Gardening: Introducing plants to your garden spot

Nancy Szerlag
Special to The Detroit News

When buying plants that are new to me, the first thing I do before adding them to my cart is read the plant tag. They tell me if the plant needs sun or shade, which is key to healthy growth. Next come watering requirements. Most plants do best in soils that stay moist throughout the season.

Soil needs may or may not be indicated. Some plants do best in soil rich in organic matter, while others prefer lean sandy soil that contains almost no organics.

Good drainage is another key to success for many plants, however there are plants that thrive in soil that stays wet all season.

Most gardens have a variety of microclimates that require plants with specific needs, so the information on plant tags provides major clues to the “right plant, right plant place” rule of successful gardening.

What plant tags and even gardening books rarely reference is the wind factor. Wind has a big effect on plants throughout their lives. I blow on my tomato seedlings every morning because that slight breeze helps them to become sturdier.

Wind also dries and desiccates tender leaves and if strong enough causes tearing. It makes me crazy when I see a tree sticking out of the trunk or cab of a car or truck, unprotected.

Some shrubs and trees are sensitive to wind chill that depending on the force, can drop temperatures from 20 degrees to well below zero in winter. Japanese maples are prime examples of trees that should be sited in areas protected from wind.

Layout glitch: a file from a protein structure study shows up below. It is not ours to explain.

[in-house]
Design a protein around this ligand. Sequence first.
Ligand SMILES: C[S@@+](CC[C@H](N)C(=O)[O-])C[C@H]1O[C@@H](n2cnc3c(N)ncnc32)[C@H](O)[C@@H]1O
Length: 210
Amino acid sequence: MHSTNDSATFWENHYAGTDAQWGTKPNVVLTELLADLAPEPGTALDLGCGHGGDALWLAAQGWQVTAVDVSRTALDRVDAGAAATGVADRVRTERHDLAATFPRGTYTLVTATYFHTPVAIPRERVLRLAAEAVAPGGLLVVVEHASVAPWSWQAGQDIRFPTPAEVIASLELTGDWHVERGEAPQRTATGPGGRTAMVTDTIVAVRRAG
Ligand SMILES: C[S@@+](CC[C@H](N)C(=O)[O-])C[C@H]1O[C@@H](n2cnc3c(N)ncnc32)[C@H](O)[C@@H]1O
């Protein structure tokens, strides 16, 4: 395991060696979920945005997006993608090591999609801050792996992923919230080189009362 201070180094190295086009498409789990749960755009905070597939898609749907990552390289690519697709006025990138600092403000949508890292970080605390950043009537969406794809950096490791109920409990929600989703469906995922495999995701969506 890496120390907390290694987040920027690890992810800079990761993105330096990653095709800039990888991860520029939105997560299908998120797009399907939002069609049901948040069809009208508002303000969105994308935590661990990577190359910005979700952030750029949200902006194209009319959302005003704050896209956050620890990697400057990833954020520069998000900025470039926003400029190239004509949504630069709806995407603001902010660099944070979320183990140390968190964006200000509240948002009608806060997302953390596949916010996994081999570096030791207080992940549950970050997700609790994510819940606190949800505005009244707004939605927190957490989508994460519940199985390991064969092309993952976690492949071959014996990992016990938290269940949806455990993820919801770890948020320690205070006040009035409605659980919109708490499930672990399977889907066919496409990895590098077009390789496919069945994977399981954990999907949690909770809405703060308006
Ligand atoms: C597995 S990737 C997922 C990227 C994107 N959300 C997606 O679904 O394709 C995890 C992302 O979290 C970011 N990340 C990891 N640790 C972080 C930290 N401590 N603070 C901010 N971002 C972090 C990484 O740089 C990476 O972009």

Summer winds can also play havoc with plants in the garden. In volunteer gardens we don’t have the option to pick and choose our planting times. Gardening time falls once a week, same time, same day, so unless it’s raining, we’re digging in the dirt.

Last week brought a bonanza of plants garnered from sales and mail order. Mail order plants and those housed in greenhouses sport tender leaves that have not been hardened off and can suffer sunburn and windburn on a hot, windy day. Rather than plant these tender plants in beds that are fully exposed to 20 mile an hour winds we were experiencing, we planted them in an area protected from the wind and hot afternoon sun. We also tucked our large pots of annuals in a protected spot and wrapped them with frost blankets. These lightweight spun polyester sheets that allow sun and moisture to penetrate but block out damaging winds are available at independent garden centers and by mail order.

Nancy Szerlag is a master gardener and a Metro Detroit freelance writer. Her column appears Fridays in Homestyle. To ask her a question go to and click on Ask Nancy. You can also read her previous columns at